Roadside America lists Coral Castle on their website along with other “Offbeat Tourist Attractions.”
Some of the roadside attractions on the site are interesting, and some of them are downright bizarre. Here are a few of my favorites:
–The World’s Largest Horseshoe Crab in Blanchester, Ohio
–The World’s Largest Ball of Twine in Cawker City, Kansas
–Petrified Wood Gas Station in Lamar, Colorado
–Foamhenge in Natural Bridge, Virginia
Unlike most tourist attractions, Coral Castle wasn’t built with the intention to turn a profit. Ed had no interest in making money. He often let curious visitors in for free if they didn’t have the means to pay.
While Coral Castle often makes websites like RoadsideAmerica.com, it’s far more than just a tourist trap. Ed’s story sets Coral Castle apart from kitschy attractions like the ones I’ve listed. Coral Castle isn’t just a novelty, it’s a mysterious achievement that represents the hard work and dedication of one extraordinary man.
In early advertisements Ed described Coral Castle in broken English, referring to his life’s work as an “unusual accomplishment.”I can’t describe Coral Castle more accurately than Ed did. It is truly, an unusual accomplishment.
When the Crosley brothers were young, they watched their father lose his wealth in the Panic of 1893. Their home and their possessions were auctioned off, and the Crosley family moved north.
Powel Crosley, Sr. eventually regained his former financial status, but Powel, Jr. was still raised to work for everything he wanted.
Like his father taught him, Powel, Jr. worked hard through setbacks and losses, discouragement and failure. When this determination eventually paid off in wealth, Powel, Jr. had no qualms about rewarding himself and his loved ones.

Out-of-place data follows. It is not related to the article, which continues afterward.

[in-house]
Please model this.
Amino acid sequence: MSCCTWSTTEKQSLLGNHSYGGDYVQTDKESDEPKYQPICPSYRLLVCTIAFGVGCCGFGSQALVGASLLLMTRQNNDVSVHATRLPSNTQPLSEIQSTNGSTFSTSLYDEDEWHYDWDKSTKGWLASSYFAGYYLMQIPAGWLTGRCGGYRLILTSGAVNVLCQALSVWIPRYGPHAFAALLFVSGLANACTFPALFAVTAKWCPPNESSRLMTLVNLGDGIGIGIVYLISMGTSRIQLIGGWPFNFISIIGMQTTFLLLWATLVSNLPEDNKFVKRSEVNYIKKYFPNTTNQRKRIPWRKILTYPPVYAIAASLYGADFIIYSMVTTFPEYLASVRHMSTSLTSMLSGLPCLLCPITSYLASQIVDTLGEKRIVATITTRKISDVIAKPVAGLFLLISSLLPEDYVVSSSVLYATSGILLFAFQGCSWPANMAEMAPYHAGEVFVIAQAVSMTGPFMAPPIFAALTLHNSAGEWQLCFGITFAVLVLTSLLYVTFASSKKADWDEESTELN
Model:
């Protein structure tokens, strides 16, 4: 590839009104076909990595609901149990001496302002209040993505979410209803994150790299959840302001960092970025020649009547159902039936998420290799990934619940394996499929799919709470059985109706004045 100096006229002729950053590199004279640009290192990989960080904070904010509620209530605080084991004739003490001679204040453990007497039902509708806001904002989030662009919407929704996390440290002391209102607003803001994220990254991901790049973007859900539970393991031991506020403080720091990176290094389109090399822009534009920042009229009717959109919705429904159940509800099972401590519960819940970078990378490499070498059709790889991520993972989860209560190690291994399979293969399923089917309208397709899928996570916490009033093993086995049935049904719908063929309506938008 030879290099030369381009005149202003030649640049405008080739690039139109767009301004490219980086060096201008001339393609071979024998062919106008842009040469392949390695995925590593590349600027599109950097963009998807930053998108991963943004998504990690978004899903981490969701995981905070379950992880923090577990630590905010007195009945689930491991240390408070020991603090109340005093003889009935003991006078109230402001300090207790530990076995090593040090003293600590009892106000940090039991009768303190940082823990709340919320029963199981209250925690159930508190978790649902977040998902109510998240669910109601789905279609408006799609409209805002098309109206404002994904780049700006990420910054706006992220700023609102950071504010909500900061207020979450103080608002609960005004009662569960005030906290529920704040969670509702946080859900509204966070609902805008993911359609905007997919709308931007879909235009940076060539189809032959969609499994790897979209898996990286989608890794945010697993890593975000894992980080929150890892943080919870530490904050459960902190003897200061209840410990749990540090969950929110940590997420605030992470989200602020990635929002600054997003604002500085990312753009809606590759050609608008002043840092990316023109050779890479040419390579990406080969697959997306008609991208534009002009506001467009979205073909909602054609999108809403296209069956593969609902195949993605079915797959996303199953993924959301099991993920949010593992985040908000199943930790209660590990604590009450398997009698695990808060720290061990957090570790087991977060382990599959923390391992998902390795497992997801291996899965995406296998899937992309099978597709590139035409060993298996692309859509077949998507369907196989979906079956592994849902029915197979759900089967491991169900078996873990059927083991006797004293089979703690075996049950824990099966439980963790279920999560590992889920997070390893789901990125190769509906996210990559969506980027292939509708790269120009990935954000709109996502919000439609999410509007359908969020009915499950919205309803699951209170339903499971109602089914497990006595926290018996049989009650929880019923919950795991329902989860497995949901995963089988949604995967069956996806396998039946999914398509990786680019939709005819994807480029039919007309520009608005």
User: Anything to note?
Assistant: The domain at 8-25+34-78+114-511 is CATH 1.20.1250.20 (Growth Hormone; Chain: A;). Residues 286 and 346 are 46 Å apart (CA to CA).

Pinecroft was Powel’s dream house. At 13,300 square feet, every inch of the house was built to his specifications. Although the mansion was built in the style of an old English country house, it featured some lavish modern additions.
The property features a landing strip for airplanes, an enormous garage, an Olympic style swimming pool, a short golf course, tennis courts (flooded in the winter to make an ice-rink) and a man-made lake. The list goes on and on.
Powel eventually downsized his life, selling off yachts and vacation homes around the country. Even when his lifestyle settled down, Powel never parted with Pinecroft. He lived there until he died.
Pinecroft still stands today.
Find pictures of modern-day Pinecroft here.
One researcher is going beyond speculation to explain how Ed Leedskalnin could have built Coral Castle.
According to the website Leedskalnin.com, Matthew Emery’s magnetic current research comes from Ed Leedskalnin’s own theories. Drawing inspiration from some of Ed’s published pamphlets, Emery’s objective is to test these electro-magnetic theories through experimentation.
I admire anyone who is inspired enough to take the time and effort to do investigative research. It’s easy to come up with a conspiracy theory, but actually delving into a complex subject like this takes a lot of hard work.
Will this diligent researcher be the one to crack the secret of Coral Castle? Probably not, but I don’t blame him for trying.